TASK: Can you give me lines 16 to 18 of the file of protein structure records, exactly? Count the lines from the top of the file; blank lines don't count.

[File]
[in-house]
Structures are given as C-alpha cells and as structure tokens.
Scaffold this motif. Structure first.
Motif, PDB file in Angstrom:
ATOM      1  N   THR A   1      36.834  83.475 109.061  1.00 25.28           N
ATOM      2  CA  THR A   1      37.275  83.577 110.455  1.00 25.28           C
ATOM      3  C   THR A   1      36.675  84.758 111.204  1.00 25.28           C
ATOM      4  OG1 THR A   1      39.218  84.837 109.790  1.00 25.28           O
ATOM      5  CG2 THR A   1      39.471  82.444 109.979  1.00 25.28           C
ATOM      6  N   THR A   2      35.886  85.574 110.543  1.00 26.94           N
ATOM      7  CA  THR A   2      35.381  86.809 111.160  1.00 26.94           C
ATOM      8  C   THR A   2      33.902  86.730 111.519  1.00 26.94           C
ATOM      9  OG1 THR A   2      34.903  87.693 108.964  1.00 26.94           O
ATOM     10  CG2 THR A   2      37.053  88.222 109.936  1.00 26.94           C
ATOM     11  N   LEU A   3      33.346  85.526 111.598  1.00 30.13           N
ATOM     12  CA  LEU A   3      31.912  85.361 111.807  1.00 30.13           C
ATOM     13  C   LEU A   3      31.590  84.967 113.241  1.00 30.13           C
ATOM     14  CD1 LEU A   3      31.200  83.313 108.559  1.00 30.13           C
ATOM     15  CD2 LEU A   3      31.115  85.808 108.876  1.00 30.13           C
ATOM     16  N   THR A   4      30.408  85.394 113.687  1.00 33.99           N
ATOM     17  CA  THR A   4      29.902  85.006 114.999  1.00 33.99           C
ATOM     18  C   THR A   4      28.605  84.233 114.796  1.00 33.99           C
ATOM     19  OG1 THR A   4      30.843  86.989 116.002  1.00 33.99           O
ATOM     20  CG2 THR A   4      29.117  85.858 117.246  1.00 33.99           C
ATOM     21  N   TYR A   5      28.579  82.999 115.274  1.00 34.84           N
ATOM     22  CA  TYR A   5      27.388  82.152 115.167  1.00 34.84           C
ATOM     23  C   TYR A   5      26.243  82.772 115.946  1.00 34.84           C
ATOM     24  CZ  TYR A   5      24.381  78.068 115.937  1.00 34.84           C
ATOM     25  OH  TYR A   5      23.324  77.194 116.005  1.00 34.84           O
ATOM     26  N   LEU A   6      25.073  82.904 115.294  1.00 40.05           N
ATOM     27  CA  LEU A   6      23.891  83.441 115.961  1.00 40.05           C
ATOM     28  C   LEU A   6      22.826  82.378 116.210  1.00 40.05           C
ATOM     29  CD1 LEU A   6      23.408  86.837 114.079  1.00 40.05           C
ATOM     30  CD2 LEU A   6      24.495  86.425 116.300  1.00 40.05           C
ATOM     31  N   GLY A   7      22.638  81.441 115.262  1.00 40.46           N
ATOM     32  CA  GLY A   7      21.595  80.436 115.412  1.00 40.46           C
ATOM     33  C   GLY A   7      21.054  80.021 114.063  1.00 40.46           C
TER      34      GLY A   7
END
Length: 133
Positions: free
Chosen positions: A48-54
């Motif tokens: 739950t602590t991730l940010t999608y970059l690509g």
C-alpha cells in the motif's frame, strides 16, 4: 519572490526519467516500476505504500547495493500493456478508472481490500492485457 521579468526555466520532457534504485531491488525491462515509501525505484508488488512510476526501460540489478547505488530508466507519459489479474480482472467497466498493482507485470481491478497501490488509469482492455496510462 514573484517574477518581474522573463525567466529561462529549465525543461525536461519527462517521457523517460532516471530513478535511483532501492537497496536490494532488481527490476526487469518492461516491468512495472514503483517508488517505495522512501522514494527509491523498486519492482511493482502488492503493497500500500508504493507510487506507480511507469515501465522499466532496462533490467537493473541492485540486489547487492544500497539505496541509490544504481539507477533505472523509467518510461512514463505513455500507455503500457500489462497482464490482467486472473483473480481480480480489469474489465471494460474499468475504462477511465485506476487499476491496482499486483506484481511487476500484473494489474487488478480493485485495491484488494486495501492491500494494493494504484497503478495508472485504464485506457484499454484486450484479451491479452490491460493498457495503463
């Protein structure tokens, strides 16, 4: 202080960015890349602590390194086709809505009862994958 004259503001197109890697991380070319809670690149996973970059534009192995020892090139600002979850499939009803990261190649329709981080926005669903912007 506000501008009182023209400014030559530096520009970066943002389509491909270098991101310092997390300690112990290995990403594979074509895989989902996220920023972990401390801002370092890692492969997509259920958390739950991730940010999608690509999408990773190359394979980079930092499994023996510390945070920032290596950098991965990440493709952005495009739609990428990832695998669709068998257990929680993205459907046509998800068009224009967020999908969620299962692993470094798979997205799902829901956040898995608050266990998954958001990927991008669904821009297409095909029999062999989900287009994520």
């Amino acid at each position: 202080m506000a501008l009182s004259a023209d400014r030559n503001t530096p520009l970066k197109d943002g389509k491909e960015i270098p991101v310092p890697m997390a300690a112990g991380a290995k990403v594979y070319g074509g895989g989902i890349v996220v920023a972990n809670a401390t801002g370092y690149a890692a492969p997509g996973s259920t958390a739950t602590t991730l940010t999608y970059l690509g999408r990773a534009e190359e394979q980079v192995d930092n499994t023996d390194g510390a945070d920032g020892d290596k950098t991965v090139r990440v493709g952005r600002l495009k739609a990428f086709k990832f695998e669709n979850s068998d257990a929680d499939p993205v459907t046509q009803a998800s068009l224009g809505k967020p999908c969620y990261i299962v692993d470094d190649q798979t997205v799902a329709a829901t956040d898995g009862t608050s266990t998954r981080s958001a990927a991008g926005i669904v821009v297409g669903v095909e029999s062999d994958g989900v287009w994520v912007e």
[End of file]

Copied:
ATOM     12  CA  LEU A   3      31.912  85.361 111.807  1.00 30.13           C
ATOM     13  C   LEU A   3      31.590  84.967 113.241  1.00 30.13           C
ATOM     14  CD1 LEU A   3      31.200  83.313 108.559  1.00 30.13           C